How to Plant Torch Ginger Seeds


The torch ginger (Etlingera elatior) plant is known for the firy red flowers for which it's named. The tropical perennial--it's hardy only down to USDA Zone 10B--thrives in partial shade to full sun and attracts butterflies and bees. Though torch ginger plants can be purchased as seedlings or mature plants, starting torch ginger by planting its seeds is more economical.

Step 1

Place the torch ginger seeds in a shallow dish of water. Allow the seeds to soak for seven to 10 hours.

Step 2

Prepare a planting pot while you're waiting for the seeds to soak. Fill a gallon-sized pot with a soil-less potting mix. If the pot doesn't have drainage holes at the bottom, add an inch of gravel before pouring in the potting mix.

Step 3

Plant the torch ginger seeds when the soaking time is complete. Bury two seeds in the center of the pot, approximately half-inch below the soil surface and separated by 2 to 3 inches.

Step 4

Water the pot so that the soil is moist to a depth of 3 to 4 inches.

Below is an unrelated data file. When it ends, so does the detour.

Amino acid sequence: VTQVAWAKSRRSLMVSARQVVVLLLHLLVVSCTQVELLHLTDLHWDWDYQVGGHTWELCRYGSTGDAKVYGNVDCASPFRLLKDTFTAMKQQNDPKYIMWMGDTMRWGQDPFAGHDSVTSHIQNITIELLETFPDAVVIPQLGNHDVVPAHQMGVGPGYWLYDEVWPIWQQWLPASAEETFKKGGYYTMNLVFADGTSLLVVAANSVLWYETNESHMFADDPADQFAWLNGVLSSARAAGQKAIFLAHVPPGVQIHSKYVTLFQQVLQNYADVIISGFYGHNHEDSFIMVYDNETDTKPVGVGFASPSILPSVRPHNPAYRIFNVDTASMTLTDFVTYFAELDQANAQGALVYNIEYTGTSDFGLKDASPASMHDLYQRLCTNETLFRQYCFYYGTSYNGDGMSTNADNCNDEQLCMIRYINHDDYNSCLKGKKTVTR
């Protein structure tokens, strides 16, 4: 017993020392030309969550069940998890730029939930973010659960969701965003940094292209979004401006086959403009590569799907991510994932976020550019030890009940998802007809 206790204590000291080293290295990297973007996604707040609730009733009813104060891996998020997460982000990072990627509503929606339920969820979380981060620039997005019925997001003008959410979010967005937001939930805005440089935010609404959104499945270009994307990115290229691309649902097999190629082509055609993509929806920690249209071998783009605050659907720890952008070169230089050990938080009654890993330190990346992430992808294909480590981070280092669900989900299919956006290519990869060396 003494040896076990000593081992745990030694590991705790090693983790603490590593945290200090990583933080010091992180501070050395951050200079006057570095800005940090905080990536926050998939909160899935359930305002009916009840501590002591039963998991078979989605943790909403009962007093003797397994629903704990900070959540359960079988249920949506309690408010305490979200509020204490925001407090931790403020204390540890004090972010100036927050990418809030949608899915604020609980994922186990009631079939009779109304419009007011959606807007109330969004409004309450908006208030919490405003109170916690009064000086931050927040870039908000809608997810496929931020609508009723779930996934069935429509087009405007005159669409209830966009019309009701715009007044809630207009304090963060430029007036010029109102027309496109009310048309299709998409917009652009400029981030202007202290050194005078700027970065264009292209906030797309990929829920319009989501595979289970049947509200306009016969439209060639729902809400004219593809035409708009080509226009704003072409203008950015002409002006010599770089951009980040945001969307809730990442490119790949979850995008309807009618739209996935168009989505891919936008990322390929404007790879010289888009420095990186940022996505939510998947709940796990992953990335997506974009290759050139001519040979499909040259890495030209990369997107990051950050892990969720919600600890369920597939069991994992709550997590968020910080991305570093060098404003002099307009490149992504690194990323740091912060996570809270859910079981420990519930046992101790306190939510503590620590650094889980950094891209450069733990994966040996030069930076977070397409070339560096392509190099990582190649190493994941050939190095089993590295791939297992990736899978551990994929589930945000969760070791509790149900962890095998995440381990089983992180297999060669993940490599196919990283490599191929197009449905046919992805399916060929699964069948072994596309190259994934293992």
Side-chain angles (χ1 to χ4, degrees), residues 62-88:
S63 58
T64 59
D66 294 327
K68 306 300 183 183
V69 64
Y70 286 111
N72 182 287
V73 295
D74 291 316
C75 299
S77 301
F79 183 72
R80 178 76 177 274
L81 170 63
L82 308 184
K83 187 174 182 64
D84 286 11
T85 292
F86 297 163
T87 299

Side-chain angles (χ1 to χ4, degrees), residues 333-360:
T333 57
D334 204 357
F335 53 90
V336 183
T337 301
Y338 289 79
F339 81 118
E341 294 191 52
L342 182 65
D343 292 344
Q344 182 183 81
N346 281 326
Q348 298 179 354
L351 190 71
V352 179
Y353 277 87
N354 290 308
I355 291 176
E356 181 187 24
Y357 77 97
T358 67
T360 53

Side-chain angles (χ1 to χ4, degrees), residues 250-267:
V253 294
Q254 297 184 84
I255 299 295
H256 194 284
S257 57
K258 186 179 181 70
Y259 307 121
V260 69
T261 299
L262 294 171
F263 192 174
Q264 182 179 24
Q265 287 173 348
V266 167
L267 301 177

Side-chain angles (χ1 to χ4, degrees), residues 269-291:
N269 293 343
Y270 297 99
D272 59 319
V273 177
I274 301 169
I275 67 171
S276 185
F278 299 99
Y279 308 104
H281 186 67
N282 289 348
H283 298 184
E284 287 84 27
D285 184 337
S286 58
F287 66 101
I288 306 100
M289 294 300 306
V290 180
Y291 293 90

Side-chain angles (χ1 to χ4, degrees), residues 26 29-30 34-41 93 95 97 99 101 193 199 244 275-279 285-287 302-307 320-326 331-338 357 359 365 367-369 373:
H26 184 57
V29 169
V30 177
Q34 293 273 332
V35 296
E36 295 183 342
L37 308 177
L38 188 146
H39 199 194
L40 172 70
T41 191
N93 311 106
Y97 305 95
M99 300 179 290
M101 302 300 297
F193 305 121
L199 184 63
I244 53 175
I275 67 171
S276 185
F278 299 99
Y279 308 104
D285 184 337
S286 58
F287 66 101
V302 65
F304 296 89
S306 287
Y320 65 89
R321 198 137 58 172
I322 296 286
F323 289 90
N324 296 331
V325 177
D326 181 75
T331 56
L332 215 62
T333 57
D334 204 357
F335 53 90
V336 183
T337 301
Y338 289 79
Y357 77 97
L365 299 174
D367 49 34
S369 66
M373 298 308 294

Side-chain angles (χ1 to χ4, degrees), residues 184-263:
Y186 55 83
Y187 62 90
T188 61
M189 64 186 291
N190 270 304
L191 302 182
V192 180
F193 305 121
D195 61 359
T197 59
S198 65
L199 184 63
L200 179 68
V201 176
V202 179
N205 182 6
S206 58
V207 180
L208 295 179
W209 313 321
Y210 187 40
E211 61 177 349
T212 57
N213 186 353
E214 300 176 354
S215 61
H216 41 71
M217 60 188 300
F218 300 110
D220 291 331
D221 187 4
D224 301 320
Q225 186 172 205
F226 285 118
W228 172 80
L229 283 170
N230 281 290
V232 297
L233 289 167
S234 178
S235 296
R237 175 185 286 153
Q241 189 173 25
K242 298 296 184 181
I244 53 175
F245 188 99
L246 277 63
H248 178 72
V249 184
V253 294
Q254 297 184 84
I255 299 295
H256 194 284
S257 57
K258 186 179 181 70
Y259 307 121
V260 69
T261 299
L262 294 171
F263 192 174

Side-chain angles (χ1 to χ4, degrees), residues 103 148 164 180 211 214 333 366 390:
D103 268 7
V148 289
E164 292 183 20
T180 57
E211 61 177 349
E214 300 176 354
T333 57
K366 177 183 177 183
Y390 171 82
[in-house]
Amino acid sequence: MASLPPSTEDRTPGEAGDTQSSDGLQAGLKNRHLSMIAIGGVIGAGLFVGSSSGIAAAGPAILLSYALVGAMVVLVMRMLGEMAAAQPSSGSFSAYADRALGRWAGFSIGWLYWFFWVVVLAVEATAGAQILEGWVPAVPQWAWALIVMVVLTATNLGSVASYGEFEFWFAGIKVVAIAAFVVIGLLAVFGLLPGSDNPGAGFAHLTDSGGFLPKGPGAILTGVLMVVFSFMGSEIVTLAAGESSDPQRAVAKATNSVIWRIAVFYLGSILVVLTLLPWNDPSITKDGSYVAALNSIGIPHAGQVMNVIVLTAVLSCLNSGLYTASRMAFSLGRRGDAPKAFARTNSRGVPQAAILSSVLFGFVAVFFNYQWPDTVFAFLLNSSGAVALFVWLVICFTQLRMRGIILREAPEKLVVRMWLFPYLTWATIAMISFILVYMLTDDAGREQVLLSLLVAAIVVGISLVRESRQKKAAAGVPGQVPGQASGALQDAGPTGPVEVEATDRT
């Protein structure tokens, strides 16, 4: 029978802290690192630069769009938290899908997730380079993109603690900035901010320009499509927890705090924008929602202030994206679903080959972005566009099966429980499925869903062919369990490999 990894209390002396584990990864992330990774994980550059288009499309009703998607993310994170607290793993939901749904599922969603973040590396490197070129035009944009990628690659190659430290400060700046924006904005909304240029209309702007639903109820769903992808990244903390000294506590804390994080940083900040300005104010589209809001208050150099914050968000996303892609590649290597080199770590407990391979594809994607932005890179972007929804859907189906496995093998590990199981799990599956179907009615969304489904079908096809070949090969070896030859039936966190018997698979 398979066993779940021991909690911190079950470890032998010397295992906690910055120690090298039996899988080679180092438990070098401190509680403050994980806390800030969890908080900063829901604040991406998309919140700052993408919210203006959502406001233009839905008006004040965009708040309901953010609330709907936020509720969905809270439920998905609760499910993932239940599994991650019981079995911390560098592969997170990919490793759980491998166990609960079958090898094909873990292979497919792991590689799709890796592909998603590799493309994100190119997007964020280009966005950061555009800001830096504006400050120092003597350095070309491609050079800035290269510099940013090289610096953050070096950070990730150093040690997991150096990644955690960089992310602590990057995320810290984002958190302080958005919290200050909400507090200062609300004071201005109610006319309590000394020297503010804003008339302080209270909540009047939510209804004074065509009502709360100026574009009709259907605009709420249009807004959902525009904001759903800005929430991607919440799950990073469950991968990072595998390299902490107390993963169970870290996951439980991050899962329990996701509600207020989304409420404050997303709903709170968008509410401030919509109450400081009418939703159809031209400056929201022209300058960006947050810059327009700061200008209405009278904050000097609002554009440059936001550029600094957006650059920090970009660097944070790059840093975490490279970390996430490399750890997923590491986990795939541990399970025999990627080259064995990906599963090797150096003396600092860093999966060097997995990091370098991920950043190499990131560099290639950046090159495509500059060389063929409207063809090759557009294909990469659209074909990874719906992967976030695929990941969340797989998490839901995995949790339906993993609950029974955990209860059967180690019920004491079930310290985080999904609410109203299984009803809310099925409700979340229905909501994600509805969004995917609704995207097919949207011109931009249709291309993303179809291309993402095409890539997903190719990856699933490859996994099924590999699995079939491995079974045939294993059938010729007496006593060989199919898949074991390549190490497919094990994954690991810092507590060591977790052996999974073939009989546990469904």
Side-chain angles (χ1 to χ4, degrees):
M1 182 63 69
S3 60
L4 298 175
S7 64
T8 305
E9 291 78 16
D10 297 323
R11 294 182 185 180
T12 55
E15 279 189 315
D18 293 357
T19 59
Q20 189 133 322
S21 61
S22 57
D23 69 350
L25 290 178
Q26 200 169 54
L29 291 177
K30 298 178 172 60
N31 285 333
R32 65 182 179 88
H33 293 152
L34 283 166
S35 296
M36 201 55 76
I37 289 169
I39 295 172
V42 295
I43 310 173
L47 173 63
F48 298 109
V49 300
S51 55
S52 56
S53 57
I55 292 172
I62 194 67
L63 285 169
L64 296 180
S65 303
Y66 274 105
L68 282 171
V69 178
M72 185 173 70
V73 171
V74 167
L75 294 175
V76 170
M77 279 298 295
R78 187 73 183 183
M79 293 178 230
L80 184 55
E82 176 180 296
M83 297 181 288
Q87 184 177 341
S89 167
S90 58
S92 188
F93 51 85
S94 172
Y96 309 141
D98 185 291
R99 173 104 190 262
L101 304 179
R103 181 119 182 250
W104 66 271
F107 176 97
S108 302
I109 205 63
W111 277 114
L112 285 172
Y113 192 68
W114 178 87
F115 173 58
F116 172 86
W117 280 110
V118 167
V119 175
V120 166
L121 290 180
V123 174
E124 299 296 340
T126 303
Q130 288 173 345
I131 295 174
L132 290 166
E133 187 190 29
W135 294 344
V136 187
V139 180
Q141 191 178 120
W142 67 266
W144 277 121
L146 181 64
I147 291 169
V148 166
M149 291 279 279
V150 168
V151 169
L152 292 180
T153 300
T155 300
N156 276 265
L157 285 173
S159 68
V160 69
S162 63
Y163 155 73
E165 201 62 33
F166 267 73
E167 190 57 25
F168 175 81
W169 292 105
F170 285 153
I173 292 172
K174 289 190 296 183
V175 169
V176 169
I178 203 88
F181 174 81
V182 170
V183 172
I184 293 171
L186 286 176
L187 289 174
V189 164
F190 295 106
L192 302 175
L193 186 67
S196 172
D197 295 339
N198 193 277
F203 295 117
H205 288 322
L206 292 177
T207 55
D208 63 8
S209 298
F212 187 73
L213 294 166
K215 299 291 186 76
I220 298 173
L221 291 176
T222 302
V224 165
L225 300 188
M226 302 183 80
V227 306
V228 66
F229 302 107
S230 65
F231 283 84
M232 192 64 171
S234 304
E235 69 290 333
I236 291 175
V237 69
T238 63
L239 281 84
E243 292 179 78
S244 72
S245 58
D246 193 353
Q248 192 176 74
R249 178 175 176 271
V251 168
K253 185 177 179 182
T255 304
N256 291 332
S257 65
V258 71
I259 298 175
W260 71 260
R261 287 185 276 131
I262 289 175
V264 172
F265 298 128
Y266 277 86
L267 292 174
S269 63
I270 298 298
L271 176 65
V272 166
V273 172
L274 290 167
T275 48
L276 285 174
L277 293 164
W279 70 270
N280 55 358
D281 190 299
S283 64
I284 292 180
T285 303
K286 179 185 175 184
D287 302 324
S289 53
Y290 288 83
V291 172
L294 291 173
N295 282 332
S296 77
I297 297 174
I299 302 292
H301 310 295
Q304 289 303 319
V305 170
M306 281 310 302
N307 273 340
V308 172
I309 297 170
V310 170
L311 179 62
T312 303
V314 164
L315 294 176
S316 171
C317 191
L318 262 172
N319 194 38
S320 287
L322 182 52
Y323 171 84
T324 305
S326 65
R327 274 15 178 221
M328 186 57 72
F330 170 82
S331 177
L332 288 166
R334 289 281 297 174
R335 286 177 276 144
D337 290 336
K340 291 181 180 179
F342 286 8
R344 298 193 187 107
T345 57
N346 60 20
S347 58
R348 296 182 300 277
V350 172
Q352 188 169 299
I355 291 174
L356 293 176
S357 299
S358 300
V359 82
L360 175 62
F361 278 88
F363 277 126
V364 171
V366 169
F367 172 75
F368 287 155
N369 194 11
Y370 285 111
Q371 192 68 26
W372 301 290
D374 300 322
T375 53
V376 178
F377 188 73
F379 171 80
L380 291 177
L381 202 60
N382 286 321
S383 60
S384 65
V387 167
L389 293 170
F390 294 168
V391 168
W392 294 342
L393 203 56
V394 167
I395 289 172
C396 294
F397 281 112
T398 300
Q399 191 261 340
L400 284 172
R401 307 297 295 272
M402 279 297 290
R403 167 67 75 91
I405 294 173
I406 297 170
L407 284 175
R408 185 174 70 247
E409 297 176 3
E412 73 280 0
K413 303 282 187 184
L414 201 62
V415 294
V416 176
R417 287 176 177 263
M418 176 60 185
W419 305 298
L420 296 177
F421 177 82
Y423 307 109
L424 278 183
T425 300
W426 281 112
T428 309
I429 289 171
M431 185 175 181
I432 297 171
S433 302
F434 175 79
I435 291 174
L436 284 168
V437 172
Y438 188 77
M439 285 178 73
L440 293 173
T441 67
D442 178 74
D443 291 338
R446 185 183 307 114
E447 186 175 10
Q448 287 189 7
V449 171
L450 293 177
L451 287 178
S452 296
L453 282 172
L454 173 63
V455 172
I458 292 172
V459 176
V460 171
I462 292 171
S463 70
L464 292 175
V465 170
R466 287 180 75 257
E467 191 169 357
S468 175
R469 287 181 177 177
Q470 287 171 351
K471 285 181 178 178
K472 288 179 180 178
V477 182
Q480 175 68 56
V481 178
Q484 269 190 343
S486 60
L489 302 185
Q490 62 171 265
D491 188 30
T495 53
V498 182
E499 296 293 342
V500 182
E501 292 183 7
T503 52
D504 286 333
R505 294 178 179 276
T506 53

Step 5

Place the pot in a plastic bag or cover it with a sheet of plastic wrap. This seals the moisture in the pot. Set up the pot in a warm area with an average temperature of 75 to 85 degrees F. The seeds will sprout within three to four weeks.

Step 6

Take off the plastic wrap or remove the plastic bag from the pot when the seeds have sprouted. Water twice a day or as needed to keep the soil moist. After the seeds are a couple inches in height, remove the smaller seedling.

Things You'll Need

  • Torch ginger seeds
  • Gallon-sized pot
  • Soil-less potting mix
  • Plastic bag or plastic wrap


  • "Tropical Flowering Plants: A Guide to Identification and Cultivation"; Kirsten Llamas; 2003
  • United States Department of Agriculture: Etlingera Elatior Profile
  • University of Florida: Etlingera Elatior
Keywords: grow torch ginger, plant torch ginger, torch ginger plants

About this Author

Josh Duvauchelle is an editor and journalist with more than 10 years' experience. His work has appeared in various magazines, including "Honolulu Magazine," which has more paid subscribers than any other magazine in Hawaii. He graduated with honors from Trinity Western University, holding a Bachelor of Arts in professional communications, and earned a certificate in applied leadership and public affairs from the Laurentian Leadership Centre.